He’s lost to me. I don’t exist.
It’s not just young people. Older folks do it too: suddenly shift attention from their surroundings in order to stare at a machine in their hand. I feel downright jumpy with all the multi-tasking going on around me. And I feel insignificant.
If I’m boring people, I’d like to see them think of a clever way to extricate themselves from my presence, just like I have to do when I’m tired of a conversation. Why shouldn’t they suffer like I do?
My friend Karen C. tells me to lighten up. She says, “They don’t even realize they’re doing it.”
Well, someone needs to tell them: This is rude! Be here now! Look into people’s eyes! Be a human being!
But at the party with the Marquette student, I bit my tongue. I never know what to say; I’m always so shocked when this happens.
Soon afterward, I rented the movie “Shaun of the Dead,” one of the funniest films I’ve ever seen, chock full of laughs and terrific movie zombies.
And that’s when I made the connection: people who suddenly gaze at machines in their hands look like zombies. They lose the human connection to those around them. It’s like they’re possessed by a power greater than themselves. They stiffen. They stare. They become passive and helpless, like the Eloi when the Morlocks run the siren in “The Time Machine.”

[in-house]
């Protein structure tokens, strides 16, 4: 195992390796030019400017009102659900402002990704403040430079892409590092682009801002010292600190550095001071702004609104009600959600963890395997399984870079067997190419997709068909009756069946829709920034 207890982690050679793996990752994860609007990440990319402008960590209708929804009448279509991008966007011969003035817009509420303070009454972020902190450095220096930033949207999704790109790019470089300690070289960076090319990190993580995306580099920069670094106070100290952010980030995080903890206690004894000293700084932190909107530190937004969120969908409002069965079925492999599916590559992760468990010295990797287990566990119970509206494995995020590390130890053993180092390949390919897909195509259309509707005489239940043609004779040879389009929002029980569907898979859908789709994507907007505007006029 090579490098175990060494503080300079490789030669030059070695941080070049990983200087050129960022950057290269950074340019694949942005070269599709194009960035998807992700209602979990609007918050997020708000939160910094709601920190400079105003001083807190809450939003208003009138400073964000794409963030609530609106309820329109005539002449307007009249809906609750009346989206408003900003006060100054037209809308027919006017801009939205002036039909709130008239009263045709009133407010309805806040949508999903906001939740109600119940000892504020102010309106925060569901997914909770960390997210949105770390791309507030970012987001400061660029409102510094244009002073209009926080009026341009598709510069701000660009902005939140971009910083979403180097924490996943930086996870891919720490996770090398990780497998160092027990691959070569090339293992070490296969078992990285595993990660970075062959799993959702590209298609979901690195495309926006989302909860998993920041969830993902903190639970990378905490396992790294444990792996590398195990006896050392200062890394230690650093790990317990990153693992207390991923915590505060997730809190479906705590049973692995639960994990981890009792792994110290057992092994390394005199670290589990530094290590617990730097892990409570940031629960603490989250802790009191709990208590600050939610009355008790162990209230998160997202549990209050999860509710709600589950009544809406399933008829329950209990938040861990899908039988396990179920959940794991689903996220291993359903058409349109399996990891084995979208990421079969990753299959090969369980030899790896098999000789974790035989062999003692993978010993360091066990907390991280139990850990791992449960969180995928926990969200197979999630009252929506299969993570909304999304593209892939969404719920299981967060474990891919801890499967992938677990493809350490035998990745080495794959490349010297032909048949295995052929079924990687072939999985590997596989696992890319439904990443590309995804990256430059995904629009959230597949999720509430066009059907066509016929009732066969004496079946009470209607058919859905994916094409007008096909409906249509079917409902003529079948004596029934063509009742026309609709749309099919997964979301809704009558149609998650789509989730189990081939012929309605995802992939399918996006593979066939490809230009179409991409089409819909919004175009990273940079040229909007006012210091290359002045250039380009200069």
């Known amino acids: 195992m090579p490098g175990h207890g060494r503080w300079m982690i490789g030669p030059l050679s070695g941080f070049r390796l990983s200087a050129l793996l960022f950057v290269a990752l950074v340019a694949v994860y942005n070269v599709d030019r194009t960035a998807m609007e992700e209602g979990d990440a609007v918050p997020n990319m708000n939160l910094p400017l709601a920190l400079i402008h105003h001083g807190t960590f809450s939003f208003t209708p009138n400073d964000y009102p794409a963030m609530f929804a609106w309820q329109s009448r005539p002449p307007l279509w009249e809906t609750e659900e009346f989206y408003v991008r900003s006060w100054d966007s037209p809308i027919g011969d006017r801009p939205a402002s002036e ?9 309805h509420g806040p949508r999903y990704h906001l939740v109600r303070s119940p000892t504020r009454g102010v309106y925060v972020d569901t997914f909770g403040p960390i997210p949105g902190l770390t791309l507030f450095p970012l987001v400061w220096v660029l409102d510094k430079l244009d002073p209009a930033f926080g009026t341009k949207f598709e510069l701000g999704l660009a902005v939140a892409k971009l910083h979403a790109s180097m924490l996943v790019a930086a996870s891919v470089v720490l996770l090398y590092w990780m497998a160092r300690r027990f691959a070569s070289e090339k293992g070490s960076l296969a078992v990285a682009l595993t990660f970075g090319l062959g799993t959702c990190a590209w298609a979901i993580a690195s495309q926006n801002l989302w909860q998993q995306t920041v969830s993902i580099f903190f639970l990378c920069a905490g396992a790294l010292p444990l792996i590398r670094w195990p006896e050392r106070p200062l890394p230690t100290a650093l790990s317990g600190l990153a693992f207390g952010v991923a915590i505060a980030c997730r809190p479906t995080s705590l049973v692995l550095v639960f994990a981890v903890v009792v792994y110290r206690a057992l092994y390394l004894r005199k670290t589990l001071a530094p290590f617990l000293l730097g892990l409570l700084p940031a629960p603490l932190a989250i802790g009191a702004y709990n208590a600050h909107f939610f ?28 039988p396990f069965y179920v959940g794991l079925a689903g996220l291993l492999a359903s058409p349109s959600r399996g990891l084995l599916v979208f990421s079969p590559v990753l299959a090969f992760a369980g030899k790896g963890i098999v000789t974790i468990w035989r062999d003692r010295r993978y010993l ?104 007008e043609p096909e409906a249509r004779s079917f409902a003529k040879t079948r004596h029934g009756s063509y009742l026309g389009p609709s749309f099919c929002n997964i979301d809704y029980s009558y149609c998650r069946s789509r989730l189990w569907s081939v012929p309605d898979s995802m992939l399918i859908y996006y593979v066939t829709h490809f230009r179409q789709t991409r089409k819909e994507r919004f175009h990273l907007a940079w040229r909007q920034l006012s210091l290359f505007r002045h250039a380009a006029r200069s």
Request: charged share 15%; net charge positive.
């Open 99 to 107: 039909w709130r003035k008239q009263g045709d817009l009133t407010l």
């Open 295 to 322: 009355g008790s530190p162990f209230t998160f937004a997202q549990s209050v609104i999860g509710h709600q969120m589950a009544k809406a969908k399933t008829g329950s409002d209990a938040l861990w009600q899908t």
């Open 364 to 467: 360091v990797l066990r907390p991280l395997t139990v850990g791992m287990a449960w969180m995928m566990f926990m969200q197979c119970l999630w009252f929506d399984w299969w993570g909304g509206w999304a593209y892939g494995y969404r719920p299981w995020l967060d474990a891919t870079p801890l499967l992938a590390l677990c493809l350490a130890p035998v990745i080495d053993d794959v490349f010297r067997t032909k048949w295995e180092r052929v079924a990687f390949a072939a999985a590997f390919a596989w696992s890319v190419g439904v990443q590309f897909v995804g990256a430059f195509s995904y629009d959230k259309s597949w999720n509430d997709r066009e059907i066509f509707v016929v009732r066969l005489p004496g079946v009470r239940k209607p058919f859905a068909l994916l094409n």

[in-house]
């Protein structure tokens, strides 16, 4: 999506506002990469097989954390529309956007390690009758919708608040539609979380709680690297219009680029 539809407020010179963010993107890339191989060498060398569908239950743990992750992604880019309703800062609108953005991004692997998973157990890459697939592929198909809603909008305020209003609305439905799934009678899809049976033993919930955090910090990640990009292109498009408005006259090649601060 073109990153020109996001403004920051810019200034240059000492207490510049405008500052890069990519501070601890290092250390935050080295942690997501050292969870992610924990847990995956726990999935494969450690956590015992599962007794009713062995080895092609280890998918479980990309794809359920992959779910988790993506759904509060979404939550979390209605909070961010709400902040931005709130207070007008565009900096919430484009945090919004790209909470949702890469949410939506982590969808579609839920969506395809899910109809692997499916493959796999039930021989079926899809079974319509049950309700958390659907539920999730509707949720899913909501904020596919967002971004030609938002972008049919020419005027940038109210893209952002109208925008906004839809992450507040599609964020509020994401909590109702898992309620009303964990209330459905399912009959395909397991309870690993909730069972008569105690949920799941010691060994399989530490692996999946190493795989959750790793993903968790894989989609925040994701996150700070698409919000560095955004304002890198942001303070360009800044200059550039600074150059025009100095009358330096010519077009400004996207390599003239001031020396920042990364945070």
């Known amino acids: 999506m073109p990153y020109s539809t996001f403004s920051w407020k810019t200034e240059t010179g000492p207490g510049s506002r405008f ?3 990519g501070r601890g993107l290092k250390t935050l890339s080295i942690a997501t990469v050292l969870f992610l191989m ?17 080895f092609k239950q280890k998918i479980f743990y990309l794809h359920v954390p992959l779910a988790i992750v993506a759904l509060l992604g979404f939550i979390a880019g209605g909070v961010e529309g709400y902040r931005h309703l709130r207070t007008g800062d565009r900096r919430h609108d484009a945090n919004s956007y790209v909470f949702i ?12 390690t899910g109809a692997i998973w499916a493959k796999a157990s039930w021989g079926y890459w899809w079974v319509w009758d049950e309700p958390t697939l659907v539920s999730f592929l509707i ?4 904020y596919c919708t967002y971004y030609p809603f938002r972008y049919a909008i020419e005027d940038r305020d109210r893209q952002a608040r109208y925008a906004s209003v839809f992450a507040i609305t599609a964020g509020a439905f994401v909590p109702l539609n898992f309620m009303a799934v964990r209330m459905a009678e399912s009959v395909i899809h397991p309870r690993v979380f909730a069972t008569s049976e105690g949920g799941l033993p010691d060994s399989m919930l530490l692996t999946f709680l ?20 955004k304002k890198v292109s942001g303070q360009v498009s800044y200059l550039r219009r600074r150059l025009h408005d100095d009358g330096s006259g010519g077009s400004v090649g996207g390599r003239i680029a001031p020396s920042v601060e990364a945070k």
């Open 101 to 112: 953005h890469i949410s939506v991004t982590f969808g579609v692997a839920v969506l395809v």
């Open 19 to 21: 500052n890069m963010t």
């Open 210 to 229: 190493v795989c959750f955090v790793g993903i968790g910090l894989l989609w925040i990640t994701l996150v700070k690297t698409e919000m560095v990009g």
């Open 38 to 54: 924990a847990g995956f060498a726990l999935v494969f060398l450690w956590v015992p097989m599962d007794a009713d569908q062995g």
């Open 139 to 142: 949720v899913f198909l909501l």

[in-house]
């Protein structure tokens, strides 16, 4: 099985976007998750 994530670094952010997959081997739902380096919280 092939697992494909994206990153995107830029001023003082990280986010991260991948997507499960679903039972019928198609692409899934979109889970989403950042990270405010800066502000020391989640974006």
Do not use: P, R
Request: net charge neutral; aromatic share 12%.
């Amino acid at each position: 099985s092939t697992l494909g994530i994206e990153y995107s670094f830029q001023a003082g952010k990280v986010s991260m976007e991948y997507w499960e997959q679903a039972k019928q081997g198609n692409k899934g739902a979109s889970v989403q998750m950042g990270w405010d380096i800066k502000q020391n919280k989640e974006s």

iPhone zombies don’t moan like movie zombies, but I’m ready to. I can’t take it anymore.
So I’ve come up with an assortment of quick comments I can fling the next time I’m talking to an iPhone zombie who enters an altered state:
1. “Sorry – I didn’t mean to keep you from your machine.”
2. “Am I boring you?”
3. (No comment at all; just turn on my heel and walk away, or leave the table.)
4. (While hovering my hand and wristwatch over the face of the iPhone) “Do you need the time? It’s 5:15.”
5. “Is Mommy calling?”
6. “Heloo-oo! Remember me?”
7. “Remember when we used to go minutes without one?”
8. “Did the Morlocks ring the siren?”
These comments aren’t really spiffy. I’m open to suggestions. I don’t think I can keep quiet any more.